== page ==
The Cretaceous–Paleogene (K–Pg) extinction event, also known as the Cretaceous–Tertiary (K–T) extinction, was a sudden mass extinction of some three-quarters of the plant and animal species on Earth, approximately 66 million years ago. With the exception of some ectothermic species such as the leatherback sea turtle and crocodiles, no tetrapods weighing more than 25 kilograms (55 lb) survived. It marked the end of the Cretaceous period and with it, the entire Mesozoic Era, opening the Cenozoic Era that continues today.

Permian–Triassic extinction event most severe extinction event of Earths chronology, occurring approx 252 million years ago, ending the Paleozoic era (and the Permian period) and beginning the Mesozoic era (and the Triassic period)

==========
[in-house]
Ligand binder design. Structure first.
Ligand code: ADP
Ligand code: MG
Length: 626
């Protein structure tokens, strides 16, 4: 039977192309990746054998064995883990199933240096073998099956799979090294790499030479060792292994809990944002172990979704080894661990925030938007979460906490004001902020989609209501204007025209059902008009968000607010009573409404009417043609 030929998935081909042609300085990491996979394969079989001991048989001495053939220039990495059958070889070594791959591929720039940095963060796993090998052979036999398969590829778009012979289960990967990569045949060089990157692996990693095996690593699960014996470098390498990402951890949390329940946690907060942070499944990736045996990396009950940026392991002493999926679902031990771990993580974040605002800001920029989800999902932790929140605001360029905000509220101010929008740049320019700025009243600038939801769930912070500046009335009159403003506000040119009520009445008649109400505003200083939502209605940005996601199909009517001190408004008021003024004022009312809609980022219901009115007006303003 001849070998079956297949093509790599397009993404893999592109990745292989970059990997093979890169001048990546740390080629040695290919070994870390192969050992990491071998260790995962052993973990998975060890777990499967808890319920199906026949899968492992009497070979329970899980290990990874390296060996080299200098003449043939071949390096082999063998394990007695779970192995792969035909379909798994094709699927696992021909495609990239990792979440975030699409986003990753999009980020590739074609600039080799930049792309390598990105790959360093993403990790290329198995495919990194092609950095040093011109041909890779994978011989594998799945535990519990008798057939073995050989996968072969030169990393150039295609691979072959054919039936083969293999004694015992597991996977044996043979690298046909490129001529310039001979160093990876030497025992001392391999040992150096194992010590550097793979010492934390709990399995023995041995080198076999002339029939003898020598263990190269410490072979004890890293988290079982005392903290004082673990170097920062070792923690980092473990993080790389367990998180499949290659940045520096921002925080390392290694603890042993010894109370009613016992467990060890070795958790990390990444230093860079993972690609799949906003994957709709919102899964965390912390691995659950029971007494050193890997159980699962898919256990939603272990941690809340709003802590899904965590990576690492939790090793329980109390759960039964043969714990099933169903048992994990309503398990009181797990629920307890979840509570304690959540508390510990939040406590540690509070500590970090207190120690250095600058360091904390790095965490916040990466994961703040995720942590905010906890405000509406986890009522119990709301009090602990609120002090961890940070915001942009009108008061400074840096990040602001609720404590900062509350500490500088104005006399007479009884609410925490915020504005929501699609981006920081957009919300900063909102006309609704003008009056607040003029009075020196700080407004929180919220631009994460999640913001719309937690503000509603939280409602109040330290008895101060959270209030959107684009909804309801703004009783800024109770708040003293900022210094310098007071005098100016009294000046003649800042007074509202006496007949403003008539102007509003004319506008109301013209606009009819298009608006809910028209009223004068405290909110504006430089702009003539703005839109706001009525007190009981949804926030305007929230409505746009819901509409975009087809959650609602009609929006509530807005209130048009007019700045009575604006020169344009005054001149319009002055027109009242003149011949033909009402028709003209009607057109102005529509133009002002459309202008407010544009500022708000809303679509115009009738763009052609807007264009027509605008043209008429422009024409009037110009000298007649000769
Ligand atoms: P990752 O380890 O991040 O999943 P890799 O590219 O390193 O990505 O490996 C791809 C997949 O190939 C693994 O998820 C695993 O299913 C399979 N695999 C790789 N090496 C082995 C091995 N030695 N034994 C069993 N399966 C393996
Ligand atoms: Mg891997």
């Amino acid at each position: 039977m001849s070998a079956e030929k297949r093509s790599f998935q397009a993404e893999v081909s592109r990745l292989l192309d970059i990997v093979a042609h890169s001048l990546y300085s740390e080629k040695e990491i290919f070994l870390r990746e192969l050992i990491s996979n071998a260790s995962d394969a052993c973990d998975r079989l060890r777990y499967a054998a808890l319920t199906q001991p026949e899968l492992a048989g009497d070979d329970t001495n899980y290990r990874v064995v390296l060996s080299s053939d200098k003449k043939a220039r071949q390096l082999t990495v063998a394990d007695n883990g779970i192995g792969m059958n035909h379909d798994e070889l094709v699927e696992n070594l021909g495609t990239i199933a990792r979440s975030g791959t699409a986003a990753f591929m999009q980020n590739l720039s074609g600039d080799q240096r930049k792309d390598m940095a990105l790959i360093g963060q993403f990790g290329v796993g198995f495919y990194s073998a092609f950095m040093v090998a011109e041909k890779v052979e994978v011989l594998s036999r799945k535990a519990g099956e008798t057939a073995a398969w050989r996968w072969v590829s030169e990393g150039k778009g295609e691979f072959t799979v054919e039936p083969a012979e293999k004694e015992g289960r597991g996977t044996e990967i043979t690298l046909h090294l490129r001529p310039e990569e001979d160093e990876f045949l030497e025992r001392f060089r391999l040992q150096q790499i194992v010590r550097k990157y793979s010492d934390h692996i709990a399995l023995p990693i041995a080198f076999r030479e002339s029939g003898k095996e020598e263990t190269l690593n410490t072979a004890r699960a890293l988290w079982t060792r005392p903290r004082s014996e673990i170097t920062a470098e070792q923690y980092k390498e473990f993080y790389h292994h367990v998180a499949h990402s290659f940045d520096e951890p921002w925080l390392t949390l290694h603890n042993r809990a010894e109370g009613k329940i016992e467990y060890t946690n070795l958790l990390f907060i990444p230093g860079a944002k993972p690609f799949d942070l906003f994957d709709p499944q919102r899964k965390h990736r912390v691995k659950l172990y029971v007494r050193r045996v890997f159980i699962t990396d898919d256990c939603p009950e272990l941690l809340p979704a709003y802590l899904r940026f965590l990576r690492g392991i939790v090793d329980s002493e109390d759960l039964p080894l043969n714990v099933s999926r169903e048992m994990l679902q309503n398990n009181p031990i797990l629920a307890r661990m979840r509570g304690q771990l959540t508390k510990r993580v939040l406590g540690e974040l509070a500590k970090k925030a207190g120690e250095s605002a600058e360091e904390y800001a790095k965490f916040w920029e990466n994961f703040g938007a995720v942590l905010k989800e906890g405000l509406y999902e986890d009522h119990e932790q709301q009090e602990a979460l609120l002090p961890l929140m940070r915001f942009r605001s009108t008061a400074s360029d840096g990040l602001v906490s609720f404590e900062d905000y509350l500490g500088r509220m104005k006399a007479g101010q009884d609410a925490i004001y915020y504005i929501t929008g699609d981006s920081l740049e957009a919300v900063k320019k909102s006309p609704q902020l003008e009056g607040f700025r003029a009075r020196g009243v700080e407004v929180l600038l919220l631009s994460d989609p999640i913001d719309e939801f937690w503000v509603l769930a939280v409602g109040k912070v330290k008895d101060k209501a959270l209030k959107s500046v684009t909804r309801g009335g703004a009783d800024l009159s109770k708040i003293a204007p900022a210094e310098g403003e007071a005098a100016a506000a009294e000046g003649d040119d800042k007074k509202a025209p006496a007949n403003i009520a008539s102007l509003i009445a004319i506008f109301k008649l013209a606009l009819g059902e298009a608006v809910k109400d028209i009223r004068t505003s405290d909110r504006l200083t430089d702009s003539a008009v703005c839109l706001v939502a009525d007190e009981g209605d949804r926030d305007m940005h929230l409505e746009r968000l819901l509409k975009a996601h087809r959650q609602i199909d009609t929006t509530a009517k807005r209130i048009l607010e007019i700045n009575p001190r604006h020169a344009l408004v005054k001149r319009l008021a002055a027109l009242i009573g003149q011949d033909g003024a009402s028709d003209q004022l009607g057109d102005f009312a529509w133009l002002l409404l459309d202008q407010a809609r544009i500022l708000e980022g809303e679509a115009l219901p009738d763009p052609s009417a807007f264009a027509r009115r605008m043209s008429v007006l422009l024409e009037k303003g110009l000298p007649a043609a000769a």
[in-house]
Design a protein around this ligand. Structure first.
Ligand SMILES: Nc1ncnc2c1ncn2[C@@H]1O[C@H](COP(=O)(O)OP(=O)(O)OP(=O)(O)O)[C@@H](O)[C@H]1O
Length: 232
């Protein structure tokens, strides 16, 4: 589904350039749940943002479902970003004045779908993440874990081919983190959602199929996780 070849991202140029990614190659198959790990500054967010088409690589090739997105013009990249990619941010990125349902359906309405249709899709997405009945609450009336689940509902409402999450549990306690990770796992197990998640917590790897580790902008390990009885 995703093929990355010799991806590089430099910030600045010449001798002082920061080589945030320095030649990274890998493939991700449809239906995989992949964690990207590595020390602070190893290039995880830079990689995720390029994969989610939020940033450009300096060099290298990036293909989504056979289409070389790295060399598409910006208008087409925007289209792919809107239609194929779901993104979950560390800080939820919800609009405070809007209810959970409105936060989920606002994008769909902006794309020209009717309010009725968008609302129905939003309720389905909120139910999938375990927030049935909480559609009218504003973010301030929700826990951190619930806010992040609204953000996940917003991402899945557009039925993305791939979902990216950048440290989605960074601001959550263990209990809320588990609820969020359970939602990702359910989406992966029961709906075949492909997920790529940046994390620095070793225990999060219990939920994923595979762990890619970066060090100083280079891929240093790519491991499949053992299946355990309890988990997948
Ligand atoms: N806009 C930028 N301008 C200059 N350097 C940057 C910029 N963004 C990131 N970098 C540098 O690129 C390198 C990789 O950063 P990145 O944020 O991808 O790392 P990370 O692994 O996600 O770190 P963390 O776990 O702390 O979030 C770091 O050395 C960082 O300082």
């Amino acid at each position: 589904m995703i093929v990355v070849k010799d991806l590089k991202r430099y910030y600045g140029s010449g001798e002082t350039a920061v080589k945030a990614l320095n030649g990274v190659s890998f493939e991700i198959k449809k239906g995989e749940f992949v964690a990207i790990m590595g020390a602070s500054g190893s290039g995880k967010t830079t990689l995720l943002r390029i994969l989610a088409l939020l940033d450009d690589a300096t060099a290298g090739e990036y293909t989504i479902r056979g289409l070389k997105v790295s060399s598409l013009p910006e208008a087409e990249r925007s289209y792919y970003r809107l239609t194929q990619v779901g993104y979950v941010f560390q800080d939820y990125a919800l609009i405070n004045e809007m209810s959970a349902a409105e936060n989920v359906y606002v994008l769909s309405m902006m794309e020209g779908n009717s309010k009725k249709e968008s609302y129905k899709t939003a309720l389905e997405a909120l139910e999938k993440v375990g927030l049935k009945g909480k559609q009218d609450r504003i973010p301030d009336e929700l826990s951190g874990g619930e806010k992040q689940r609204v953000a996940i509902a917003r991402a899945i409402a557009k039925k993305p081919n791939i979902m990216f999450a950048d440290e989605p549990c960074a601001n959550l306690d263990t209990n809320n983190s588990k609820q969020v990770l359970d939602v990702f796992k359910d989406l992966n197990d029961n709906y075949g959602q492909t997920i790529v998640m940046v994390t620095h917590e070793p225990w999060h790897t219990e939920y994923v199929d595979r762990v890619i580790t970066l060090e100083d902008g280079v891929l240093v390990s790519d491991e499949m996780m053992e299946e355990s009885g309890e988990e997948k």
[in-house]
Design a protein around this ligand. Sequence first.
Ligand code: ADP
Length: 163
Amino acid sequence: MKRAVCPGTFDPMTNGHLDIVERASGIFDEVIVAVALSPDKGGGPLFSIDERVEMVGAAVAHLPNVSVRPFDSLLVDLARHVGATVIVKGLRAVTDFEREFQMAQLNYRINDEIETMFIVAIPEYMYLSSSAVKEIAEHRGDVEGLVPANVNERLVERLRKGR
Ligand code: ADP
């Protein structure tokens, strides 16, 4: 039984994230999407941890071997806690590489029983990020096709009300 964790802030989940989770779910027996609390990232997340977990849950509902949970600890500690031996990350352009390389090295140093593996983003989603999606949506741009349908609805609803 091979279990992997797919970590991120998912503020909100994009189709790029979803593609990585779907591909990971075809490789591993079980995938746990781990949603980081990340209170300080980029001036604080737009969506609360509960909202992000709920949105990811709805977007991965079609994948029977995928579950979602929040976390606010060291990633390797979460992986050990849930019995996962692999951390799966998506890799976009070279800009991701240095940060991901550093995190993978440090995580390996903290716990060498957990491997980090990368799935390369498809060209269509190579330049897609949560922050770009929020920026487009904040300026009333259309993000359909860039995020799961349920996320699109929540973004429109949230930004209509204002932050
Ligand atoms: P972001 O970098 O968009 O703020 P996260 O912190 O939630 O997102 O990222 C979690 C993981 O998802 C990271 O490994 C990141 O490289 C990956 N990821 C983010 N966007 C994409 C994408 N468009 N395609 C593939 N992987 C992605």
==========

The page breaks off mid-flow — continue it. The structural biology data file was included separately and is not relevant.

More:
The Permian–Triassicextinction event, colloquially known as the Great Dying, the End-Permian Extinction or the Great Permian Extinction, occurred about 252 Ma ago, forming the boundary between the Permian and Triassic geologic periods, as well as between the Paleozoic and Mesozoic eras. It is the Earth's most severe known extinction event, with up to 96% of all marine species and 70% of terrestrial vertebrate species becoming extinct. It was the largest known mass extinction of insects. Some 57% of all biological families and 83% of all genera became extinct. Because so much biodiversity was lost, the recovery of land-dwelling life took significantly longer than after any other extinction event, possibly up to 10 million years. Studies in Bear Lake County, near Paris, Idaho, showed a relatively quick rebound in a localized marine ecosystem, taking around 2 million years to recover, suggesting that the impact of the extinction may have been felt less severely in some areas than others.